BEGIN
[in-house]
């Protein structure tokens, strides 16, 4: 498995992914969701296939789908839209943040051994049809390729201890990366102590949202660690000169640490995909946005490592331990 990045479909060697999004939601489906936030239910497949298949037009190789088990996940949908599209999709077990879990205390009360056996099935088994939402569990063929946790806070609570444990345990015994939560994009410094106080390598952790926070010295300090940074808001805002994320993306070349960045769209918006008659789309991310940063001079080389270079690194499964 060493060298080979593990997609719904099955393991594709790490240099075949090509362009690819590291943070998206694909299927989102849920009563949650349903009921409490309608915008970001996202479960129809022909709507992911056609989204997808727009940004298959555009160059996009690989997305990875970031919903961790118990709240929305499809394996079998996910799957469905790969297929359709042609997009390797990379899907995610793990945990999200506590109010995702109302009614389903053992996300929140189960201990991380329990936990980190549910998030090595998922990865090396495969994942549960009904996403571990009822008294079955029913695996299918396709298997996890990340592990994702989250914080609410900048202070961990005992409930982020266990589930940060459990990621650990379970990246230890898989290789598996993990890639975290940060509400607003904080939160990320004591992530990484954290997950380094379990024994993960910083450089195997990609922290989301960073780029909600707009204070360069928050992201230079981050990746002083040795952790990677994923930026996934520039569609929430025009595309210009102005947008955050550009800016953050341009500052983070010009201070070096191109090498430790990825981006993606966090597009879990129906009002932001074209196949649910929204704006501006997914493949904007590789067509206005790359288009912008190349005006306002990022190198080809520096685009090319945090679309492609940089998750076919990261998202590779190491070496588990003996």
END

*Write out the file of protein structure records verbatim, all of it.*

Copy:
[in-house]
């Protein structure tokens, strides 16, 4: 498995992914969701296939789908839209943040051994049809390729201890990366102590949202660690000169640490995909946005490592331990 990045479909060697999004939601489906936030239910497949298949037009190789088990996940949908599209999709077990879990205390009360056996099935088994939402569990063929946790806070609570444990345990015994939560994009410094106080390598952790926070010295300090940074808001805002994320993306070349960045769209918006008659789309991310940063001079080389270079690194499964 060493060298080979593990997609719904099955393991594709790490240099075949090509362009690819590291943070998206694909299927989102849920009563949650349903009921409490309608915008970001996202479960129809022909709507992911056609989204997808727009940004298959555009160059996009690989997305990875970031919903961790118990709240929305499809394996079998996910799957469905790969297929359709042609997009390797990379899907995610793990945990999200506590109010995702109302009614389903053992996300929140189960201990991380329990936990980190549910998030090595998922990865090396495969994942549960009904996403571990009822008294079955029913695996299918396709298997996890990340592990994702989250914080609410900048202070961990005992409930982020266990589930940060459990990621650990379970990246230890898989290789598996993990890639975290940060509400607003904080939160990320004591992530990484954290997950380094379990024994993960910083450089195997990609922290989301960073780029909600707009204070360069928050992201230079981050990746002083040795952790990677994923930026996934520039569609929430025009595309210009102005947008955050550009800016953050341009500052983070010009201070070096191109090498430790990825981006993606966090597009879990129906009002932001074209196949649910929204704006501006997914493949904007590789067509206005790359288009912008190349005006306002990022190198080809520096685009090319945090679309492609940089998750076919990261998202590779190491070496588990003996």